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Barcelona-based Professor Pedro Alonso named Director of the WHO Global Malaria Program

On Wednesday the World Health Organisation (WHO) appointed Barcelona-based researcher Pedro Alonso as the new Director of its Global Malaria Program. Alonso is a key figure in the global fight against malaria and has lead research into a vaccine to combat the life-threatening illness. He has been involved with WHO since 2011, when the organisation appointed him as the Chair of the GTS Steering Committee on the Global Technical Strategy on Malaria. Alonso is currently the Director of the Barcelona Institute for International Health Research. He is also the Head of the Department of International Health and Tropical Medicine at Barcelona's Hospital Clínic and a lecturer at Barcelona University. The physician is due to start his new position in October and is expected to give his formal recommendation on the strategy against malaria in the first quarter of 2015.

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31 July 2014 09:27 PM

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ACN

Barcelona (ACN).- On Wednesday the World Health Organisation (WHO) appointed Barcelona-based researcher Pedro Alonso as the new Director of its Global Malaria Program. Alonso began his career in international health over 25 years ago and has become a key figure in the global fight against malaria. He has lead research into a vaccine to combat the life-threatening illness, called 'RTS,S', and has been involved with WHO since 2011, when the organisation appointed him as the Chair of the GTS Steering Committee on the Global Technical Strategy on Malaria, which aims to eliminate the disease in the coming decade. Alonso is currently the Director of the Barcelona Institute for International Health Research (CRESIB). He is also the Head of the Department of International Health and Tropical Medicine at Barcelona's Hospital Clínic and a lecturer at Barcelona University. The physician is due to start his new position in October in the WHO headquarters in Geneva, and is expected to give his formal recommendation about the strategy against malaria in the first quarter of 2015.


Alonso has been particularly active in the international fight against malaria in the past few years, and his research into malaria has received support from UNICEF and the Bill and Melinda Gates Foundation (BMGF), amongst others. In fact, it is said that Alonso was who convinced the BMGF to direct efforts towards this illness. His work has focused particularly on the development of new tools for the prevention and treatment of malaria and in 2011 his research caught the attention of the World Health Organisation, who elected him as a member of the Malaria Policy Advisory Committee and named him Chair of the GTS Steering Committee on the Global Technical Strategy on Malaria.

In a statement Alonso said, "The appointment to the position of Director of the WHO Global Malaria Program is an honour. With the support of numerous institutions and the leaders of the affected countries, I am sure that the world can advance further towards the eradication of malaria".

A deadly disease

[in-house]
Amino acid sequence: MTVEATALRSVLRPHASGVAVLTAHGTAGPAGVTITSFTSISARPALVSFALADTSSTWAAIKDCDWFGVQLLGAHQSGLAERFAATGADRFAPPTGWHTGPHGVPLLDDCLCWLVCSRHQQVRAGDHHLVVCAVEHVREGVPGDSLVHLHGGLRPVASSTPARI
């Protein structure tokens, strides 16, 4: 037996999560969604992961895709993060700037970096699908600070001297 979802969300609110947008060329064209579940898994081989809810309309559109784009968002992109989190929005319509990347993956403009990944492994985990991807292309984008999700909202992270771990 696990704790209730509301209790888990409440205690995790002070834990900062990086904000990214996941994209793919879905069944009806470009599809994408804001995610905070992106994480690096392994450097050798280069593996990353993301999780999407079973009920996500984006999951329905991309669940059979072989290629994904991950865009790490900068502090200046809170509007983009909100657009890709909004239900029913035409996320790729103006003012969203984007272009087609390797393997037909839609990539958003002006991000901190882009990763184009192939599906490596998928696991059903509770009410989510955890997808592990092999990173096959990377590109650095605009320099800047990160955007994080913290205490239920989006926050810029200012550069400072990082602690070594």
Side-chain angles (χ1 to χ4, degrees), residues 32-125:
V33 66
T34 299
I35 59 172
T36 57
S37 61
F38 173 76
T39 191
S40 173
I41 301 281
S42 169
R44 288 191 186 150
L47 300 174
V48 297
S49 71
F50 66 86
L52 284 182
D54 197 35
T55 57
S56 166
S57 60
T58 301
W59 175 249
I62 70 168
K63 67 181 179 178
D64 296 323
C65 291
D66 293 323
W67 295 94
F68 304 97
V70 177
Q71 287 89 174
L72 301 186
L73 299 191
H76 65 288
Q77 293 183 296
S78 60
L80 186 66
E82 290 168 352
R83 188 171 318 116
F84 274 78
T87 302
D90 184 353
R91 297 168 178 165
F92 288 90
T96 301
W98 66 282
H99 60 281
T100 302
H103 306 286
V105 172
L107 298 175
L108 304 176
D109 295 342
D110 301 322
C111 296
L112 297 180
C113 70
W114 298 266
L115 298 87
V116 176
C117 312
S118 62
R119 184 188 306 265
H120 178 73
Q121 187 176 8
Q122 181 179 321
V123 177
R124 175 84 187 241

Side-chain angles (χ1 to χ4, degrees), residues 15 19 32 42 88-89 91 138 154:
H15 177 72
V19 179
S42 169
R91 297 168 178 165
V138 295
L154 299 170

Malaria currently causes over 600,000 deaths a year, mostly of children under 5 years old, and is found all over the world, although it is most common in Sub-Saharan Africa. It is caused by a parasite (Plasmodium) which is transmitted via the bites of infected Anopheles mosquitoes. If not treated quickly, this parasite can become life-threatening by provoking internal haemorrhages that disrupt the blood supply to vital organs.

Increased prevention and control measures have led to a reduction in malaria mortality rates by 42% globally since 2000, and WHO is currently developing a new strategy for the control and elimination of malaria within the next decade.

Pedro Alonso has led some ground-breaking research into the prevention of the disease. He has spent the last ten years developing the first malaria vaccine, RTS,S, which has demonstrated promising results and is likely be used in malaria prevention in the future. He is also the lead author on several papers on different strategies for malaria prevention and control.

A key figure in international health

Alonso began his career in international health 25 years ago as a young physician working in West Africa. There he focused on the key causes of mortality of the two most vulnerable groups in Africa: young children and pregnant women.

Since then the doctor has been increasingly active in campaigning for support for global health initiatives and building and strengthening human and institutional capacity in developing countries. He has published more than 300 papers in peer-reviewed journals and between 2005 and 2007 he led the Steering Committee that designed and implemented the European Union EDCTP initiative (European and Developing Countries Clinical Trials Partnership).

Alonso is currently a Board Member of the Medicines for Malaria Venture, the Co-Chair of the Steering Committee of the Decade of Vaccine Collaboration, the Chair of the Steering Committee of the Malaria Eradication Scientific Alliance (MESA) and a member of the WHO Malaria Policy Advisory Committee.

In 1996, with the support of the Spanish Agency for International Cooperation for Development (AECD), Alonso started the Manhiça Health Research Centre in Mozambique which focuses on biomedical research in developing countries. This organisation was one of four entities which received the Príncipe de Asturias Award for International Cooperation in 2008.

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  • The Barcelona-based researcher, Pedro Alonso (by ACN)

  • The Barcelona-based researcher, Pedro Alonso (by ACN)